Advanced persistent threat actors are making it more difficult to attribute cyberattacks by using broadly available commercial tools such as virtual private networks as vectors, according to the head of the National Security Agency’s cyber directorate.
“We’ve seen whole APTs kind of go dark to some of the commercial entities who say ‘yeah, I don’t see those custom tools from name your favorite threat actor group,’ when in reality they’re just as active but what they’re using now is, you know some of the commercial tools that get them to the same outcomes,” said NSA Cybersecurity Director Rob Joyce. “So it’s clouded that space.”
Joyce spoke along with FireEye CEO Kevin Mandia and other cybersecurity leaders from government and industry at the Aspen Cyber Summit Wednesday.
Mandia reiterated long-standing calls for the government to impose consequences on malicious hackers while noting how it’s become increasingly difficult to identify the perpetrators.
“In 2010, we only had 40 groups—like everything we were responding to went nice and neatly into 40 different buckets,” he said. “Now we’re up to like 2,900 buckets. It may really only be 40, but everybody’s changing so fast that the evidence we see today from the same hacker group is different than three months ago, so it’s another number.”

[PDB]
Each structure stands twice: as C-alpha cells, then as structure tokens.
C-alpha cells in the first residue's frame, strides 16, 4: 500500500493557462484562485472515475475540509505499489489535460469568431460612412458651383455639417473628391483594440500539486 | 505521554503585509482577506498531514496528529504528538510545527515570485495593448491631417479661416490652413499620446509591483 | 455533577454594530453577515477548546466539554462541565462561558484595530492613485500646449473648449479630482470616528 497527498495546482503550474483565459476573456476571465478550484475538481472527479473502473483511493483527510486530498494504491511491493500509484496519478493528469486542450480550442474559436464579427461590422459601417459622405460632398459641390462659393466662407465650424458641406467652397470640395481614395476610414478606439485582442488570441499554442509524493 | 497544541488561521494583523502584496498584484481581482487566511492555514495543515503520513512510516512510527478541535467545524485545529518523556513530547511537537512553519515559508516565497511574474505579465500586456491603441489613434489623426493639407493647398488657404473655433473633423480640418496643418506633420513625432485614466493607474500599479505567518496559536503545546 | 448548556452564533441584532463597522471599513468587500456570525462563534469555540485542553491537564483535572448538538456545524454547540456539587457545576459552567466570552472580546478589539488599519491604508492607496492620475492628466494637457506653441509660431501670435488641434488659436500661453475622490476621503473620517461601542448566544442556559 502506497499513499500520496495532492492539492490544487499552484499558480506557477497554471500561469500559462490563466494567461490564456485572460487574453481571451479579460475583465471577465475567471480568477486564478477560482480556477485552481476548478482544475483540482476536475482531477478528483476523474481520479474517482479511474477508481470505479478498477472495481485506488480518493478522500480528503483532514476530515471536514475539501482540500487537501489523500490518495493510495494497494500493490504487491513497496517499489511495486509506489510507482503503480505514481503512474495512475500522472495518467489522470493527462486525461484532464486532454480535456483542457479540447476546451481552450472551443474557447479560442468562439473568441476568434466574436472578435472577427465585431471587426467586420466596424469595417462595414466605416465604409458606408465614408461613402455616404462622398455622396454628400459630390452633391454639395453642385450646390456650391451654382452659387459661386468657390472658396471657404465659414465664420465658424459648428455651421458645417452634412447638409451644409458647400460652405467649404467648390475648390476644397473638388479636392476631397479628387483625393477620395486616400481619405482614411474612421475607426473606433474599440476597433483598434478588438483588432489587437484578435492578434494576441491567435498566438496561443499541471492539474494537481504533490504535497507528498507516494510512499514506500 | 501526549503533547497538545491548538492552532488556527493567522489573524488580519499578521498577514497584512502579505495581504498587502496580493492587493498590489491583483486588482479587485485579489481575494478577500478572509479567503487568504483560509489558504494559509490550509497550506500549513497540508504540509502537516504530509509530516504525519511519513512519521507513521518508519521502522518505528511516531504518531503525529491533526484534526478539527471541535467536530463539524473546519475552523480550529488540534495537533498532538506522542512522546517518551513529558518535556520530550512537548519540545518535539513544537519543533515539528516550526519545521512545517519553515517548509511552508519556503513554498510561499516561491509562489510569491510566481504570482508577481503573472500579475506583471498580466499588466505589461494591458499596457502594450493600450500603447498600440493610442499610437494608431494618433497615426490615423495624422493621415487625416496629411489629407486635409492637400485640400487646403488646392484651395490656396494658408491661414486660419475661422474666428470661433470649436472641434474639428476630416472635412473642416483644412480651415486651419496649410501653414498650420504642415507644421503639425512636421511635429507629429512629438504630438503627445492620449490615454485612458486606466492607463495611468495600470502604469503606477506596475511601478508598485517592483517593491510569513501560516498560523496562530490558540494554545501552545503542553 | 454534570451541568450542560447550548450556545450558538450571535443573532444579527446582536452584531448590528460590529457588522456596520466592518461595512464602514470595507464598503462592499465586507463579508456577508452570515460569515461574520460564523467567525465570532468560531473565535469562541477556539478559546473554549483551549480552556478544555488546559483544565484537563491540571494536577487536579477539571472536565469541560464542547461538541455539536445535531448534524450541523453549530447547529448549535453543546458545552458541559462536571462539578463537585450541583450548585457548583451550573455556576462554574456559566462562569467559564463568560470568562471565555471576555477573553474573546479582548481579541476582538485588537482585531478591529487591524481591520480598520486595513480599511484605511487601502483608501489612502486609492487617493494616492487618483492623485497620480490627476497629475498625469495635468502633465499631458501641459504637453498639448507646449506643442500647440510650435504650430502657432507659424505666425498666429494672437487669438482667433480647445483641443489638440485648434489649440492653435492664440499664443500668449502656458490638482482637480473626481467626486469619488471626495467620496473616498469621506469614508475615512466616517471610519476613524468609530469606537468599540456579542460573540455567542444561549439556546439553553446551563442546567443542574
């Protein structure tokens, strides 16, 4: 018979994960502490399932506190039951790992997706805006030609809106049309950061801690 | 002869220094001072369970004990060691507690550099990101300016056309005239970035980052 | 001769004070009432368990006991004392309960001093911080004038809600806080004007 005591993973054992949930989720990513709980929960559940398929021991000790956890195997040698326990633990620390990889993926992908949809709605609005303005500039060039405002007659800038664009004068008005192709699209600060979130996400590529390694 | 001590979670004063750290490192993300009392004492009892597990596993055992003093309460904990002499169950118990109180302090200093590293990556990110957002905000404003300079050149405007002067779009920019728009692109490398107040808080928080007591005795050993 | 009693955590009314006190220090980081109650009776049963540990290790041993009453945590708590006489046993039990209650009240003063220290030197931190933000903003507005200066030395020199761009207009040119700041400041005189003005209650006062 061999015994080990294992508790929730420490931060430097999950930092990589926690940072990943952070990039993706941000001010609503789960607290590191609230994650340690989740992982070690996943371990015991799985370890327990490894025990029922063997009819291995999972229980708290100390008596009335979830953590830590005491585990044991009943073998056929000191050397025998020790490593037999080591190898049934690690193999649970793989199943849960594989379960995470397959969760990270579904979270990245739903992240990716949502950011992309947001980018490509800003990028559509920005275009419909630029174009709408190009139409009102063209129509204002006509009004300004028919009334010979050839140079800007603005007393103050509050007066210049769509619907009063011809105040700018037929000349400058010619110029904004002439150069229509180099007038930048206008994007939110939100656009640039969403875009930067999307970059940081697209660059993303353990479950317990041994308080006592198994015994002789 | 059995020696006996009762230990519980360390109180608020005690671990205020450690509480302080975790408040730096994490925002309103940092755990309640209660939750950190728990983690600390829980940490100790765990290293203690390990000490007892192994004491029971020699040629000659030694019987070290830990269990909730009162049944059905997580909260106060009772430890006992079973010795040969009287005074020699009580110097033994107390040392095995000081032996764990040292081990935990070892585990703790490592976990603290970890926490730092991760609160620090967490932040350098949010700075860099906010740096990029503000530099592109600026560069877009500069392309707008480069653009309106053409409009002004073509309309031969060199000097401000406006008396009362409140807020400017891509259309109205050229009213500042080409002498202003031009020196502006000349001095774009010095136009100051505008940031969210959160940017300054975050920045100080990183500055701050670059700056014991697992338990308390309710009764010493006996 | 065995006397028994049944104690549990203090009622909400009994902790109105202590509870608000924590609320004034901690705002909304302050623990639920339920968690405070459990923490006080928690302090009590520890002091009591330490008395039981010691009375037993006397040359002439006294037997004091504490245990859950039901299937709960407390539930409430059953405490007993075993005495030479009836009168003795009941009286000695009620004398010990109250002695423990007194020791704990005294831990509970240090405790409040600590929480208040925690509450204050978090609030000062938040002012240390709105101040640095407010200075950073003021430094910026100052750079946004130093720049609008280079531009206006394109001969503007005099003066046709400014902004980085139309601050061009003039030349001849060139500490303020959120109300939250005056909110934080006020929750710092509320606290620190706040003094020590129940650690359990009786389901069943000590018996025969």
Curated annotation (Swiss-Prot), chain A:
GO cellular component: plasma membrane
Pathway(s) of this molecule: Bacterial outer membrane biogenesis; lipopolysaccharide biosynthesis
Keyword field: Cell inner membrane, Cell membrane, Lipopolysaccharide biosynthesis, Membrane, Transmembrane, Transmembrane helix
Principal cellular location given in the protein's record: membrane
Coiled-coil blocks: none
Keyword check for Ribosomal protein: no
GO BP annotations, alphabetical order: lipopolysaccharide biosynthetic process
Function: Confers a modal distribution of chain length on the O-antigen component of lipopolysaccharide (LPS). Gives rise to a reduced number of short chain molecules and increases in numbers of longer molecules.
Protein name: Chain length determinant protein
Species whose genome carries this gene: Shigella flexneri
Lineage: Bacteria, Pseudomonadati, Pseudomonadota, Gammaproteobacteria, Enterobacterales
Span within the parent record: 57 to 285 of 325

Mandia says the government has resources to better attribute hacks, at least to the country level. And that’s something that should concern countries like China, where it can be hard to distinguish between state-sponsored intrusions and independent criminal enterprise, Joyce said.
“What we often see is there are the commercial elements who by day are supporting those government activities and then by night using some of the same tools, infrastructure and other activities. And I think it’s really important China understands how much of a risk that is to them, that these uncontrolled actors are, you know, ambiguously combined with their activities, and that, that’s a problem,” he said.
Joyce said his priorities for the cyber directorate are to work closely with the private sector to acquire the best intel and to secure the defense industrial base.
On Tuesday, NSA and the Cybersecurity and Infrastructure Security Agency jointly released a guide for acquiring and securing virtual private networks. Among the recommendations was for buyers to ask VPN suppliers to deliver a software bill of materials. SBOMs, which are generally described as an ingredients list of the code that goes into building a product, are a major component of President Joe Biden’s May 12 executive order.
“Request and validate a product’s Software Bill of Materials so the risk of the underlying software components can be adjudicated,” the agencies wrote. “Many vendors use outdated versions of open-source software in their products, including many with known vulnerabilities, so this risk is critical to manage.”